Isle Of Man / Ellan Vannin

Isle of Man exhibition features history of WW2 internment camp

Elfrieda and Kurt Munzer Image copyright Rushen Heritage Trust
Image caption Elfrieda Munzer was pregnant with her first child when she and her husband Kurt were forced to flee occupied Holland

An exhibition about Europe's only internment camp for married couples during World War Two has opened on the Isle of Man.

Friend or Foe covers the period between 1941 and 1945, when the first camp of its kind was established in Rushen.

It tells the story of Elfrieda and Kurt Munzer, Jewish refugees brought to the island after fleeing Hitler's regime in Holland.

Their daughter said her parents had "bitter sweet memories" of that time.

Baroness Ruth Henig added: "It was a traumatic time. My parents left Holland on the day the country surrendered to Germany.

"They escaped on a stolen lifeboat and were picked up in the North Sea by a warship which then brought them to Dover.

"That was the beginning of their time, first as prisoners and later as internees."

Image caption Baroness Henig's parents were interned on the Isle of Man during World War Two

During the war, thousands of people were held in internment camps on the Isle of Man.

Some were political detainees or suspected spies, but many were innocent refugees who had nowhere else to go.

Baroness Henig, a Labour Party politician, told how her father and mother were initially considered "enemy aliens" and imprisoned in Pentonville and then Holloway prison.

A few weeks later they were taken to the Isle of Man and housed in segregated internee camps, with Mr Munzer in Onchan and his wife in Rushen.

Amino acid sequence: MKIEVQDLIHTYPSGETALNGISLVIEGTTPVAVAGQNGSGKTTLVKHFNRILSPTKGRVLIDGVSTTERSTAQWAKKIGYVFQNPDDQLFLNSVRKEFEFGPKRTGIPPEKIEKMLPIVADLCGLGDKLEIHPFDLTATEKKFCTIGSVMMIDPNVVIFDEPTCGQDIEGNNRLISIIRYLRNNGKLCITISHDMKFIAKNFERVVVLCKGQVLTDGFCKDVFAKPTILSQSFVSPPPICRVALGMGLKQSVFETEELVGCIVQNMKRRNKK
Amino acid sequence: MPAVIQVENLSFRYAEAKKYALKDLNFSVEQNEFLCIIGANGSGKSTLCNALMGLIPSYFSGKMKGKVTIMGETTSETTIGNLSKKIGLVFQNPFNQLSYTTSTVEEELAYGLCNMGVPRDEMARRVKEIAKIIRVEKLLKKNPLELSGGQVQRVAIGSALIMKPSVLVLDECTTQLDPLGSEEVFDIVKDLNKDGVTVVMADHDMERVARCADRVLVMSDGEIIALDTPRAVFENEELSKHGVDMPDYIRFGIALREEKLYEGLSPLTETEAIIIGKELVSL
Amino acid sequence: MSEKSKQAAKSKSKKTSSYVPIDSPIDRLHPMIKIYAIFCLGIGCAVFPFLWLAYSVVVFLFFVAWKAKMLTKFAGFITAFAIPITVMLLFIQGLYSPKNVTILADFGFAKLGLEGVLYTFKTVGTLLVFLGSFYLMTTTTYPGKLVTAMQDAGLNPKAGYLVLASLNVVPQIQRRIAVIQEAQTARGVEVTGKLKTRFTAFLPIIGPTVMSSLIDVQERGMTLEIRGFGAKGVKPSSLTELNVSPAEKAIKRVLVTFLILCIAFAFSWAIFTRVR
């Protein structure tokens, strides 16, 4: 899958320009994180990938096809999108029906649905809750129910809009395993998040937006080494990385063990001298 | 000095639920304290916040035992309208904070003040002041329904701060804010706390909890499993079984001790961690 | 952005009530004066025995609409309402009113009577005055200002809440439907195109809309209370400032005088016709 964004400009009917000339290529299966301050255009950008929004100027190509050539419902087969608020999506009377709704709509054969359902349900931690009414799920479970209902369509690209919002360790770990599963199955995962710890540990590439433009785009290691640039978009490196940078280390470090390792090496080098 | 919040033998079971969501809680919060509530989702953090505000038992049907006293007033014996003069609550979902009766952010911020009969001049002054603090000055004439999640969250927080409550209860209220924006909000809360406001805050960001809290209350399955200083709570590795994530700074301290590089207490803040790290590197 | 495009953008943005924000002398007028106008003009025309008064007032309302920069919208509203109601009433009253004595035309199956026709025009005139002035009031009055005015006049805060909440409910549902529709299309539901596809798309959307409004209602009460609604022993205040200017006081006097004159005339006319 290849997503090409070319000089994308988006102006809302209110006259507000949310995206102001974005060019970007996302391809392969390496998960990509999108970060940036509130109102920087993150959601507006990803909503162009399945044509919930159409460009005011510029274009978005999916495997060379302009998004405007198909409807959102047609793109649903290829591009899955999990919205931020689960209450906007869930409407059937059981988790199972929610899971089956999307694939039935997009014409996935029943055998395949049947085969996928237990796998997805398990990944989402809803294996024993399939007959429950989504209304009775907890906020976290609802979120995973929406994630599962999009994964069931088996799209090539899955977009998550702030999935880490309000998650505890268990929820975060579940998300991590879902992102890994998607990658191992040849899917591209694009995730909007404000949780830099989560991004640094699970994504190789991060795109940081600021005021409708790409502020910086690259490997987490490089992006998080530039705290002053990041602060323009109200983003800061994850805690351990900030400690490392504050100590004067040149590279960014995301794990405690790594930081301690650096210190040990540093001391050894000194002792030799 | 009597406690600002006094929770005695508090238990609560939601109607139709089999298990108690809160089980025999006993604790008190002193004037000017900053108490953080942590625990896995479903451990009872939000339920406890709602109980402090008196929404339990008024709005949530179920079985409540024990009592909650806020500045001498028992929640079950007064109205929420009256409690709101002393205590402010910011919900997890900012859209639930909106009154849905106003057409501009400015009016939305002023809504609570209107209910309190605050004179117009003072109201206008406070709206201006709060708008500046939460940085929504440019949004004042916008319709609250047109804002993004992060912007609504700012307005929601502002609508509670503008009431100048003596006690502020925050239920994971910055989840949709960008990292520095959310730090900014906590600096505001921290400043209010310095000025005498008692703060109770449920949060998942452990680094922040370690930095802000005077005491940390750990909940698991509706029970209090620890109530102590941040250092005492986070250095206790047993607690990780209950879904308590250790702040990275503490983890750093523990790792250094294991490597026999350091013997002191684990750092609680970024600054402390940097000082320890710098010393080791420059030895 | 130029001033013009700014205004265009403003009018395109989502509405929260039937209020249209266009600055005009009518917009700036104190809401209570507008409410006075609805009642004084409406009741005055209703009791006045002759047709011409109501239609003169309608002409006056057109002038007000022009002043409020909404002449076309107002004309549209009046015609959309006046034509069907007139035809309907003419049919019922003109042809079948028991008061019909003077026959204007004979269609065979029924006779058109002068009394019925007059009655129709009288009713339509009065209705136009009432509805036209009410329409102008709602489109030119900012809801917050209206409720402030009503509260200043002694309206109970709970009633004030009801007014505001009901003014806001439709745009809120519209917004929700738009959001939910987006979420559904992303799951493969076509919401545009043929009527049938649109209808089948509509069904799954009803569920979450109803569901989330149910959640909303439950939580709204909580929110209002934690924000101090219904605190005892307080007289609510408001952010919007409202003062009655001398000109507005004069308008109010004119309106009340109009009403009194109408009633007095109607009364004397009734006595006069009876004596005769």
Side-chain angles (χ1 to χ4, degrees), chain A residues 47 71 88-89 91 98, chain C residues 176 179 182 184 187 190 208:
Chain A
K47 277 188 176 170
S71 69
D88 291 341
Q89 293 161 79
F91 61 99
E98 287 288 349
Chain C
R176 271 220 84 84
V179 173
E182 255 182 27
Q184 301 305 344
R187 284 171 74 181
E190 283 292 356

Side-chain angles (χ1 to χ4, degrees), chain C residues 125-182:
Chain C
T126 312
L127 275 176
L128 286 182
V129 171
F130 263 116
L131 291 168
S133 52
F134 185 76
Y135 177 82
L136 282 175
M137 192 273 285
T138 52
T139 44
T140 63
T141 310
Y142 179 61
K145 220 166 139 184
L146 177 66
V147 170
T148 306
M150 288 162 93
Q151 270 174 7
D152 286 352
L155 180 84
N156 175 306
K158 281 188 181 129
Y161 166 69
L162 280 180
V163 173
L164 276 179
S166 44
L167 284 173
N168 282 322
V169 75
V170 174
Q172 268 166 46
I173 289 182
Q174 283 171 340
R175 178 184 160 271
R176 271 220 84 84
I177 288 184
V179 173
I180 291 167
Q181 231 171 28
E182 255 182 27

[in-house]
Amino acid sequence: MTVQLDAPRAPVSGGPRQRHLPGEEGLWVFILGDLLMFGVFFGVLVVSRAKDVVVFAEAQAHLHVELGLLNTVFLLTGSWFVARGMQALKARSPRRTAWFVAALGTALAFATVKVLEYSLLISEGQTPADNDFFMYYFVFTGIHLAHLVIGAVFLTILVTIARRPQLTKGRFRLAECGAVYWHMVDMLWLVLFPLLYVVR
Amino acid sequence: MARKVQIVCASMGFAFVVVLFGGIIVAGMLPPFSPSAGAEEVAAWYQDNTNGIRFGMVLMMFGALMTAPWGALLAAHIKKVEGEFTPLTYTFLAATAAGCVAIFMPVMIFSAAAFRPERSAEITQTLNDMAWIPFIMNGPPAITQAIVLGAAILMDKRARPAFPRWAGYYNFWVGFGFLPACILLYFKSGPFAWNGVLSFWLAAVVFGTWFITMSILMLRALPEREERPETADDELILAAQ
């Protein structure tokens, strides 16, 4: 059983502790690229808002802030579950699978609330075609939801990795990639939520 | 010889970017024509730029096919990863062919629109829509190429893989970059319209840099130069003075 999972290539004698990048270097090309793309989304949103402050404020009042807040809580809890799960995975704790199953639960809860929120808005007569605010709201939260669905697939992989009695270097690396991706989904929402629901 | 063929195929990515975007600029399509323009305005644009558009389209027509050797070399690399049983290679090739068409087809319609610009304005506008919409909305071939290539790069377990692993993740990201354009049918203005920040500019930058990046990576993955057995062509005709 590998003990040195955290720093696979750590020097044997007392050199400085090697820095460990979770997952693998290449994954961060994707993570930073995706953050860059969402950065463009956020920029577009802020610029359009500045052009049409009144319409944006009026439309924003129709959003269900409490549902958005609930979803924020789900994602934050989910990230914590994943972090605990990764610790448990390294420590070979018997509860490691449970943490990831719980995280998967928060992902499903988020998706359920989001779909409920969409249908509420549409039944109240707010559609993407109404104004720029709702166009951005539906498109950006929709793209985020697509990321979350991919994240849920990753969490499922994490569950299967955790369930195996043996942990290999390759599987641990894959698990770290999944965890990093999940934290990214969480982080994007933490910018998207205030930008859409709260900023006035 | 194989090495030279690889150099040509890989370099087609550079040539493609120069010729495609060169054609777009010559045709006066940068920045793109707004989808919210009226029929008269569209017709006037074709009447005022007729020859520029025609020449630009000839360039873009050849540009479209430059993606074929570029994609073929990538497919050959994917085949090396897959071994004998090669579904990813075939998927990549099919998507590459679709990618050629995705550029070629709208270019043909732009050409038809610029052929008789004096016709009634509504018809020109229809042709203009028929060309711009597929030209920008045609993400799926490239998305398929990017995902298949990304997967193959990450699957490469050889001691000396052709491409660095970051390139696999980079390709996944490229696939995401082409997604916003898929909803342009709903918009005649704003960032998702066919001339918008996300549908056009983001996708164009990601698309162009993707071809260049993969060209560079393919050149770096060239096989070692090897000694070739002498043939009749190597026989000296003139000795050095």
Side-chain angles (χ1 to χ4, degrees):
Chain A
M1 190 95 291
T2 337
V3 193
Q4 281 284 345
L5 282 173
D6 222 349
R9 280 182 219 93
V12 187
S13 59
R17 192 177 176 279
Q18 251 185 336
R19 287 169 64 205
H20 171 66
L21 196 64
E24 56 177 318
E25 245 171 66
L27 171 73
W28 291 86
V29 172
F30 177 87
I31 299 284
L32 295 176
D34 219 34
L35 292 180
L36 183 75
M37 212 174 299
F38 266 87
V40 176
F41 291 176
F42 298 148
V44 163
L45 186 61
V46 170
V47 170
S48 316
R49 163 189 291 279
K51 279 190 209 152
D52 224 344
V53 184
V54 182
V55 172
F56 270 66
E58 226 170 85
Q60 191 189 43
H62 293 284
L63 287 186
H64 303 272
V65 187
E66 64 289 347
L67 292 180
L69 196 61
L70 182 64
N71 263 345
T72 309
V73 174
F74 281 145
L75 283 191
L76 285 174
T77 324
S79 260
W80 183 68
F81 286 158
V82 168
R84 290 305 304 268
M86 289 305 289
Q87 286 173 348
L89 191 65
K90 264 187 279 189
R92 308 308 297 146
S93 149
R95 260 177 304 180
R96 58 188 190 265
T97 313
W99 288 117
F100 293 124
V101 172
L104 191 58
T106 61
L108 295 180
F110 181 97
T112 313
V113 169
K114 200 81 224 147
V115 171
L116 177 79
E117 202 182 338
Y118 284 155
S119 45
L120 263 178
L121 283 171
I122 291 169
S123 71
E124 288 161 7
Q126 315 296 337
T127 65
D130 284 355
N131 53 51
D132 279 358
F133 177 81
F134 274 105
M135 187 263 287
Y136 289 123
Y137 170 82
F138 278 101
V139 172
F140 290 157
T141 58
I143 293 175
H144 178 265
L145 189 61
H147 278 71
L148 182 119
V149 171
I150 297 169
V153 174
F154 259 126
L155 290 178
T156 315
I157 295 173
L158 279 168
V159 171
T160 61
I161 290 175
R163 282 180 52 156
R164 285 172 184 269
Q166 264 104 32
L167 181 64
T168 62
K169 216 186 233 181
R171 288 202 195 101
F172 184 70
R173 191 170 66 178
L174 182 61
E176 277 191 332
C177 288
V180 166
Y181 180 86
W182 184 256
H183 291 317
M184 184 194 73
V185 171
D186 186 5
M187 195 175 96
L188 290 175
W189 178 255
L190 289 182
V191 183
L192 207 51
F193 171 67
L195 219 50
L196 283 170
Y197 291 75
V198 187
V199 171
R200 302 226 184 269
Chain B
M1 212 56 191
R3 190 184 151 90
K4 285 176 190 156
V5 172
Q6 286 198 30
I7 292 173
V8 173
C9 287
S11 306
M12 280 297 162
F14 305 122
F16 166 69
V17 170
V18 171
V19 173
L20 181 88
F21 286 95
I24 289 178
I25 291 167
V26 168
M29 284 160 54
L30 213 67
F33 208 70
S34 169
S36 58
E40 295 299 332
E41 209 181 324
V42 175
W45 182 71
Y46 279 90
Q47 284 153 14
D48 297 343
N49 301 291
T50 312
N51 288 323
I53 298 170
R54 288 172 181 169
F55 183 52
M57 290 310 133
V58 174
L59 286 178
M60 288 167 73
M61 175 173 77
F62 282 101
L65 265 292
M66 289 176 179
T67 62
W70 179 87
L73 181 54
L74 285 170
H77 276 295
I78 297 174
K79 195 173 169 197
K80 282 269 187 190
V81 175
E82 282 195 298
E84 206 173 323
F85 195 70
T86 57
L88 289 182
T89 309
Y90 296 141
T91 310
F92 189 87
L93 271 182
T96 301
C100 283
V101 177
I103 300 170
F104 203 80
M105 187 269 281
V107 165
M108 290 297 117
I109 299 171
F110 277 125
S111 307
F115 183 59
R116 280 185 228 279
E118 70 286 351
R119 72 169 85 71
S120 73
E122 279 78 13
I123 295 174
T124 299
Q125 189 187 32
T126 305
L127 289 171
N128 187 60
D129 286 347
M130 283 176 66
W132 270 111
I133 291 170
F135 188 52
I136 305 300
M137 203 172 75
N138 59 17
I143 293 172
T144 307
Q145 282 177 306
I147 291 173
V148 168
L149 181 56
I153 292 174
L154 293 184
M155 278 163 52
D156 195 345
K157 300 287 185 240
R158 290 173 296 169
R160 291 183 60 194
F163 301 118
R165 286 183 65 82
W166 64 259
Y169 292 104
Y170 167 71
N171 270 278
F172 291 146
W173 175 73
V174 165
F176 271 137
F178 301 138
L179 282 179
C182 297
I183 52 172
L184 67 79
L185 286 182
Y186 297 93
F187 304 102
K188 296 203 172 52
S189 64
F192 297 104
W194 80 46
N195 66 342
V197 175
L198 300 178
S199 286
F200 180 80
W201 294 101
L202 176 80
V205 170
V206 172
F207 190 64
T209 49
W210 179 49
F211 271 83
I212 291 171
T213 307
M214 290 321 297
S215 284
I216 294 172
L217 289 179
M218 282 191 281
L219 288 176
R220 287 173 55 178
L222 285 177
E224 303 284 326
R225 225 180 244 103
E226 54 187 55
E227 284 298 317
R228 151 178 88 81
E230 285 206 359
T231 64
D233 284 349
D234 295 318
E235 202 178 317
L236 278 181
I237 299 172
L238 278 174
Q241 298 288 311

Baroness Henig said: "My mother had only been married for about a year and she found the separation very difficult.

"Over the next year they exchanged hundreds of letters, many of which I still have today."

Internment camps during World War Two

Image copyright Getty Images
Image caption Women of "enemy origin" in London are rounded up and put on a train to the Isle of Man in 1940

At the outbreak of World War Two there were around 80,000 people in Britain who were considered potential "enemy aliens".

It was feared there might be people acting as spies, or people willing to assist Britain's enemies in the event of an invasion.

The UK government asked the Isle of Man to accommodate people at camps in Douglas, Ramsey and Peel.

Political prisoners were detained in high security camps, but most internees - including many Jewish refugees - were free to go shopping, swim in the sea and attend classes.

A few months later a mixed camp was established in Rushen and the Munzers were one of the first couples to benefit.

"Finally they were brought together again at a boarding house on the beachfront," Baroness Henig added. "It was a great relief to both of them."

A spokesman for the exhibition said: "Rushen Camp was run by civilians not the military. The owners remained there with their families, so internees could shop, go for walks, bathe and attend classes".

The exhibition runs at St Catherine's Church in Port Erin until 24 August. Admission is free.

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